In the most stunningly wrong ruling since the Dred Scott Decision 153 years ago, the conservative activist judges on the US Supreme Court have transferred the power to elect governments in the US—from the local level right up to the President—to big corporations.
In a 5-4 ruling, the court removed all limits on how much money corporations can spend for or against political candidates. Some have said that, in effect, the activist judges have legalised bribery, and it’s hard to argue against that.
The court made two major errors: First, they continued the legal fiction that a corporation is “a person” in every respect and that then led them to their second error, that these non-existent persons have the same rights to “free speech” as real people.
Corporations are not people: They cannot vote and they cannot run for public office. Their managers and their owners (shareholders) are not necessarily even US Citizens or resident in the country, which means that foreigners are now free to buy American politicians by spending money for them or against their opponent. What politician, aided by such largesse, would oppose the wishes of their benefactor?
The rightwing, especially the Republican Leadership in Congress, has declared it a “victory” for the First Amendment. What they meant was a victory for their campaign finances, more likely, because there’s no way that stacking the deck so dramatically against ordinary citizens and their interests is victory for anything apart from the interests of the corporate elites.
Of course, there’s already the stench of special interest money in US politics, but this ruling will allow corporations to throw their money around openly. Unions will be free to spend money, too, but after decades of union-busting efforts by government and the corporate elites, unions collectively have less money available to them many large corporations.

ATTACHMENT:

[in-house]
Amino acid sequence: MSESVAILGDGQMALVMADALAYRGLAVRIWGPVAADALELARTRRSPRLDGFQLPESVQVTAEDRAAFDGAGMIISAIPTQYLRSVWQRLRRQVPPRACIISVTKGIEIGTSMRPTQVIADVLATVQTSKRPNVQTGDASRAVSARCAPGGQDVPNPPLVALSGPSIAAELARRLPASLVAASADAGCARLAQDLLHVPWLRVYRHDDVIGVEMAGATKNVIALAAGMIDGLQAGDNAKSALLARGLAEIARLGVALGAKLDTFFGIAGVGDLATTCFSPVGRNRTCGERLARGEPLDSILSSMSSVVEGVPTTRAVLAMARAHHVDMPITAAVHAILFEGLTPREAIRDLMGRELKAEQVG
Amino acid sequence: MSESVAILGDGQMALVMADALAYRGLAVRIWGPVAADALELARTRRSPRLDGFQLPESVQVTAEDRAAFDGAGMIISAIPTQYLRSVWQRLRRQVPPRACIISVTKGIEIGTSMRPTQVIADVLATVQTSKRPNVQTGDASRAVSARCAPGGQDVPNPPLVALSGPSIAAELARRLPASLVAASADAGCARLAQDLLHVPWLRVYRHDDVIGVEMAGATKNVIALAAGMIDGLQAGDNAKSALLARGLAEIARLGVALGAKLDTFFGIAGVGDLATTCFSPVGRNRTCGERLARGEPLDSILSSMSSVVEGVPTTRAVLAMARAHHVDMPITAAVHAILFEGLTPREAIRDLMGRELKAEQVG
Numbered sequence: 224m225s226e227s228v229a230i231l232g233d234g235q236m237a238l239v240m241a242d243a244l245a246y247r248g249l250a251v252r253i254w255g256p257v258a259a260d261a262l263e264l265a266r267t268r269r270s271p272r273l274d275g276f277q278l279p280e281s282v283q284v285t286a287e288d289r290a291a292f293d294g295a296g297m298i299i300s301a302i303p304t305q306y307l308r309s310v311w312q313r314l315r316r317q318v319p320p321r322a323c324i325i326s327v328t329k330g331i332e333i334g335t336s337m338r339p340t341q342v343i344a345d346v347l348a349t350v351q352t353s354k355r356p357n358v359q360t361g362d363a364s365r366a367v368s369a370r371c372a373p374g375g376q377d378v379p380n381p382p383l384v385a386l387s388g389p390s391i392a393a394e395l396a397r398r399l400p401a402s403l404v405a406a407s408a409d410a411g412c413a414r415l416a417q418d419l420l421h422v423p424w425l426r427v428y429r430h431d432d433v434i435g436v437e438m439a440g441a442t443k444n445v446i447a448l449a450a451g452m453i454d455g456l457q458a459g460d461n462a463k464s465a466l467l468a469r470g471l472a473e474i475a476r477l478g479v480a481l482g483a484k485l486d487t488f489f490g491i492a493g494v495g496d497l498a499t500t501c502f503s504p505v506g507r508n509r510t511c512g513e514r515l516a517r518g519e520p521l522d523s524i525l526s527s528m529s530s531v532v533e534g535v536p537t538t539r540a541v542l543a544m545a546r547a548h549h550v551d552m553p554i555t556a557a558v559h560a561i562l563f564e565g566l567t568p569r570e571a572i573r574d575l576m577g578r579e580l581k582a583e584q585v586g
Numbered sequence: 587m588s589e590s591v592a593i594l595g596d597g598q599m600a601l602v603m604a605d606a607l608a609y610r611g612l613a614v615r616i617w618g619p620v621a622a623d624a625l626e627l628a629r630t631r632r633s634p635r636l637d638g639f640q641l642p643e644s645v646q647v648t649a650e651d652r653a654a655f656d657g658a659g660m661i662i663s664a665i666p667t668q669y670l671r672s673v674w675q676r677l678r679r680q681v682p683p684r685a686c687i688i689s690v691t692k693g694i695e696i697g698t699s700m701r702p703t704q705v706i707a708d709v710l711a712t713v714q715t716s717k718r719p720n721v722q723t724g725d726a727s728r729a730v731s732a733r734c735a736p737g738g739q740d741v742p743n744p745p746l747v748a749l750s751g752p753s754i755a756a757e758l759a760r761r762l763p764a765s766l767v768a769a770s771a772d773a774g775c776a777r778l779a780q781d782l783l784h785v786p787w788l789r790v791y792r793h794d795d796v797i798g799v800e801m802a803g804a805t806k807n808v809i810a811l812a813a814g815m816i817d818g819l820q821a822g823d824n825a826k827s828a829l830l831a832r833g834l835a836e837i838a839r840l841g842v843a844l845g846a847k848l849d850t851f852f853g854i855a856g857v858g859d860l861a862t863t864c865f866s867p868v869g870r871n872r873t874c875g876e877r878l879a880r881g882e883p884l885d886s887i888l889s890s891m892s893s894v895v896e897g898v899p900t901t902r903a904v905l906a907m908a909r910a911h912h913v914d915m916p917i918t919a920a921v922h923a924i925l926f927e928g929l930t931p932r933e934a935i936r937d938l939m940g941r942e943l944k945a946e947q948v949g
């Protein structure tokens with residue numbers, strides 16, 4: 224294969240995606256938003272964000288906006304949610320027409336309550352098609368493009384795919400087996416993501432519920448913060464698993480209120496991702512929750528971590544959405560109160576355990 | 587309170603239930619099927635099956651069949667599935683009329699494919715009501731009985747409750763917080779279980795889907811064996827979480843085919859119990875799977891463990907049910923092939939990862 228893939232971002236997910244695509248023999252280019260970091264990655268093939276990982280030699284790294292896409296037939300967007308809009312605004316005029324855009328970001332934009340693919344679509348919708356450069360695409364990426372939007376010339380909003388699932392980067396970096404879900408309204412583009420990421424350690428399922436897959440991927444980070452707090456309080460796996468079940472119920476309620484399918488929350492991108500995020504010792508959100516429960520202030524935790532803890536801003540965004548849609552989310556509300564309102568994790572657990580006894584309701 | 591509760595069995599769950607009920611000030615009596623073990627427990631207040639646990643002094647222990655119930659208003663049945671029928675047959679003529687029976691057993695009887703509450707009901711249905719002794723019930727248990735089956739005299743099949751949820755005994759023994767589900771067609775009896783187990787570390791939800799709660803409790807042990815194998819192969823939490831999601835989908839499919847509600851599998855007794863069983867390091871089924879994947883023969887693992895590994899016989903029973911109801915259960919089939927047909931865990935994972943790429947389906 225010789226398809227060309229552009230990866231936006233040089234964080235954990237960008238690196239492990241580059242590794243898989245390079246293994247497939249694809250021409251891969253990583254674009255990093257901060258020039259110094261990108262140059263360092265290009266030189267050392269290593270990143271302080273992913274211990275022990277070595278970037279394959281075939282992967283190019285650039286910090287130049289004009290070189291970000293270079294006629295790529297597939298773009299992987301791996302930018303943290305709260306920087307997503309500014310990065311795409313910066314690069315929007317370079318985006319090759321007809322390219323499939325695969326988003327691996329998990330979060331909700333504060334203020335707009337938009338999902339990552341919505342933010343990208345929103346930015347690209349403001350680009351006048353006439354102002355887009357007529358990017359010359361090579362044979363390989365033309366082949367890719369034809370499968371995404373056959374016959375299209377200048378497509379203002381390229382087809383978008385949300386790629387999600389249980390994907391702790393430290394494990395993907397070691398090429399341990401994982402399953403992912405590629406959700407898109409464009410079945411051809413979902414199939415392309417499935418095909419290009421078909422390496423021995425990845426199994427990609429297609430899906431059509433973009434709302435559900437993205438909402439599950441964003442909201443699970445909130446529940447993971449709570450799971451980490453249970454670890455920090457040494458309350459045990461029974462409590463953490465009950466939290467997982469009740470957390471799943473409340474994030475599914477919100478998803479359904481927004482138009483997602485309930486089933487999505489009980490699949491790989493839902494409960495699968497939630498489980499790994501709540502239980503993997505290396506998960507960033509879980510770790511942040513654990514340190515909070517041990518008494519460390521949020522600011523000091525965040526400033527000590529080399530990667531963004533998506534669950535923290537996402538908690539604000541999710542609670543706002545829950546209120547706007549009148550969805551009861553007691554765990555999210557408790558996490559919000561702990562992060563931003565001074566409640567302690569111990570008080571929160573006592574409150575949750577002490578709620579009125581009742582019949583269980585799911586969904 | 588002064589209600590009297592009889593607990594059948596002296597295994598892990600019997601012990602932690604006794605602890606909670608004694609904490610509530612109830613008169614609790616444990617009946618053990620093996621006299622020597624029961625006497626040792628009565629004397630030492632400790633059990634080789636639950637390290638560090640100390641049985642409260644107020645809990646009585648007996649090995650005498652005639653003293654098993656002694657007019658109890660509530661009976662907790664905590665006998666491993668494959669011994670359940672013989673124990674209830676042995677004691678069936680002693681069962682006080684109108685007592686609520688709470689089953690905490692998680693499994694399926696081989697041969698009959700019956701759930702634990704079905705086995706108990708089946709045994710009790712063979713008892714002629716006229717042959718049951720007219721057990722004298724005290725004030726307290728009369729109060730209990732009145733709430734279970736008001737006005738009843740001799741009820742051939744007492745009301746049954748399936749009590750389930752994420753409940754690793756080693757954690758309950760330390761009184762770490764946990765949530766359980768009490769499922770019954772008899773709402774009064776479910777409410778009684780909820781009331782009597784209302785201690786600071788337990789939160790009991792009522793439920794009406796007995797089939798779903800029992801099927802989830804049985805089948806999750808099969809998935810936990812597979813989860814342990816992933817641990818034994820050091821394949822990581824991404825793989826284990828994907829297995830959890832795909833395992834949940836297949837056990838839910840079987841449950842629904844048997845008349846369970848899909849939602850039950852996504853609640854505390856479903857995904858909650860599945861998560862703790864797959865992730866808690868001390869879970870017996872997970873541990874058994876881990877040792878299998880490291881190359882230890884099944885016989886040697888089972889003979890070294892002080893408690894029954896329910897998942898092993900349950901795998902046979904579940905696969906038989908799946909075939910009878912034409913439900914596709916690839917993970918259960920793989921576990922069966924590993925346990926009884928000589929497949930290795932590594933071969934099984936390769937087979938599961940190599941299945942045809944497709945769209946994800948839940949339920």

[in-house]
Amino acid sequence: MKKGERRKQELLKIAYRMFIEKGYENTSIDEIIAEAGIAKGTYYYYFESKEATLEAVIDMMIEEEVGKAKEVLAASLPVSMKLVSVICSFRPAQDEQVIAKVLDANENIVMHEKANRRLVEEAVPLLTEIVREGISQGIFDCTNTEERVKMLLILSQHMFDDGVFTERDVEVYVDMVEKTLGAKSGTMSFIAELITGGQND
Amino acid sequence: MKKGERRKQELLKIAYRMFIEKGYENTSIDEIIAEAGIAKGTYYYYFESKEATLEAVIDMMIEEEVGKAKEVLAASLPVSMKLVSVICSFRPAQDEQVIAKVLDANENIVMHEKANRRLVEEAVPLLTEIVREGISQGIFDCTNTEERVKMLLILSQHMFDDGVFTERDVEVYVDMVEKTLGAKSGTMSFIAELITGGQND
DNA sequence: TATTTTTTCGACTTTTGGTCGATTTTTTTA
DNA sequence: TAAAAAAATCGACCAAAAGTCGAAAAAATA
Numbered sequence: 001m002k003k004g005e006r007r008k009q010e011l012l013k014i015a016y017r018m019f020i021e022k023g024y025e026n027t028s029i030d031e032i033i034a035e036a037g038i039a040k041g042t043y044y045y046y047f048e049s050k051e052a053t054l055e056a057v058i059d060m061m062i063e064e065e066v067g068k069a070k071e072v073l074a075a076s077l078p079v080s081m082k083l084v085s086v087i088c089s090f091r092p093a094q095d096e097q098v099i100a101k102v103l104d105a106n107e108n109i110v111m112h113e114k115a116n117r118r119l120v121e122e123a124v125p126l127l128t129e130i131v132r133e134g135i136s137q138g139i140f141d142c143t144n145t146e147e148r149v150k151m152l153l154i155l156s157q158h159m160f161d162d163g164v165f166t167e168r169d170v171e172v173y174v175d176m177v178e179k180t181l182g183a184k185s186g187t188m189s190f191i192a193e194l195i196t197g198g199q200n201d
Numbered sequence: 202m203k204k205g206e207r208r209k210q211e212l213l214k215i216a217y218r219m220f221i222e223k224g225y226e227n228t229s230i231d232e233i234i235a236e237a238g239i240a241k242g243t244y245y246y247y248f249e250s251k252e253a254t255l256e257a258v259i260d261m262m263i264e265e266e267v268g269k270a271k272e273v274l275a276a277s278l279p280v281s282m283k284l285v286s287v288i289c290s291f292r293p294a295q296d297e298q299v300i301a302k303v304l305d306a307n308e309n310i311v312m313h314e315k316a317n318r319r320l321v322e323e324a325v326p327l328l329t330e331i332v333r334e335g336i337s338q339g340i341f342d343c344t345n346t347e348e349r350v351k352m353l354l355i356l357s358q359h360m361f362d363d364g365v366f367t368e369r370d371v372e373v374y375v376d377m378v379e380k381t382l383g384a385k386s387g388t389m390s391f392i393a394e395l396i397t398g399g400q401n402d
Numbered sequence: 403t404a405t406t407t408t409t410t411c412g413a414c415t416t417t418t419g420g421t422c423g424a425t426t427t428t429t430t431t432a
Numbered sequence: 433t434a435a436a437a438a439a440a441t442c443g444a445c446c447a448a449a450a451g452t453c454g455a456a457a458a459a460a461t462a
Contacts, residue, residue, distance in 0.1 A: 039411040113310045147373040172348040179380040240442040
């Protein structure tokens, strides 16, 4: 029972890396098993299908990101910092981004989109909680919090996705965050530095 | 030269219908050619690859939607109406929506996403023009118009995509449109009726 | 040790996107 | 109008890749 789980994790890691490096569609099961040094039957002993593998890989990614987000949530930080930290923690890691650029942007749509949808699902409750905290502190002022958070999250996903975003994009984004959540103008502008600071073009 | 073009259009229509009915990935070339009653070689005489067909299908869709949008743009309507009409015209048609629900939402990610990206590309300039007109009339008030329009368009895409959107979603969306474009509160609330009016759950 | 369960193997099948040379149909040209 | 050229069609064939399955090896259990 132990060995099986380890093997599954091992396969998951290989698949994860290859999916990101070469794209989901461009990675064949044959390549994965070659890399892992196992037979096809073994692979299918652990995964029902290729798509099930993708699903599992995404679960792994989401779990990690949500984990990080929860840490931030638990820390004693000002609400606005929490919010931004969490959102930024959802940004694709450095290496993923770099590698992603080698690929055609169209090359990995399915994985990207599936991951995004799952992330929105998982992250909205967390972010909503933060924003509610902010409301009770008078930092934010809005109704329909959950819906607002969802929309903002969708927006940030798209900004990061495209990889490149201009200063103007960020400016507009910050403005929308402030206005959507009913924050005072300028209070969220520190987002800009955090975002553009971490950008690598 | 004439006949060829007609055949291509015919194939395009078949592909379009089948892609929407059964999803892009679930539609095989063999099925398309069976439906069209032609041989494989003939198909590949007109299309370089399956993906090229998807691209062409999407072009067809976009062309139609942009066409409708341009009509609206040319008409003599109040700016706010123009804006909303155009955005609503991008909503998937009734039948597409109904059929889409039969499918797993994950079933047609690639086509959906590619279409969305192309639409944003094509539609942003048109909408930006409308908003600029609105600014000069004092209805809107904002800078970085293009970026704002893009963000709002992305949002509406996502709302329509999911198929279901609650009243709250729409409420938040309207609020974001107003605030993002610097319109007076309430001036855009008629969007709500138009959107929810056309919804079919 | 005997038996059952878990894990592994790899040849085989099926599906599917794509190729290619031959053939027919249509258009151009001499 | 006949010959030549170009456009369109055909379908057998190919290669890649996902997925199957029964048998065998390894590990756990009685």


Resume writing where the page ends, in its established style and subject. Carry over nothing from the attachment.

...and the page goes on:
The Framers of the Constitution could never have imagined today’s trans-national corporations. Had they done so, they would’ve forbidden corporate interference in elections. Any claim to the contrary betrays a fundamental misunderstanding or ignorance of the Founders’ suspicion of power being concentrated in too few hands.
There are some ways this damage could be undone, short of removing the rightwing justices and replacing them with sensible moderates. First, the Electoral College could be abolished, making individual states less important and making targeted spending by the corporate elites less effective. Failing that, Electoral Votes should be allocated by Congressional District, and not “winner takes all”.
Second, all elections should be Instant Run-off Voting. This would break the monopoly of the two parties as well as make it harder for corporate elites to target races because the result is less predictable.
But to be truly safe from the corporate elites, a future saner court will have to reverse this decision.
Update 23 January – Roger Green has posted an interesting look at part of this: "Earl Warren Would Have Hated the Citizens United Ruling".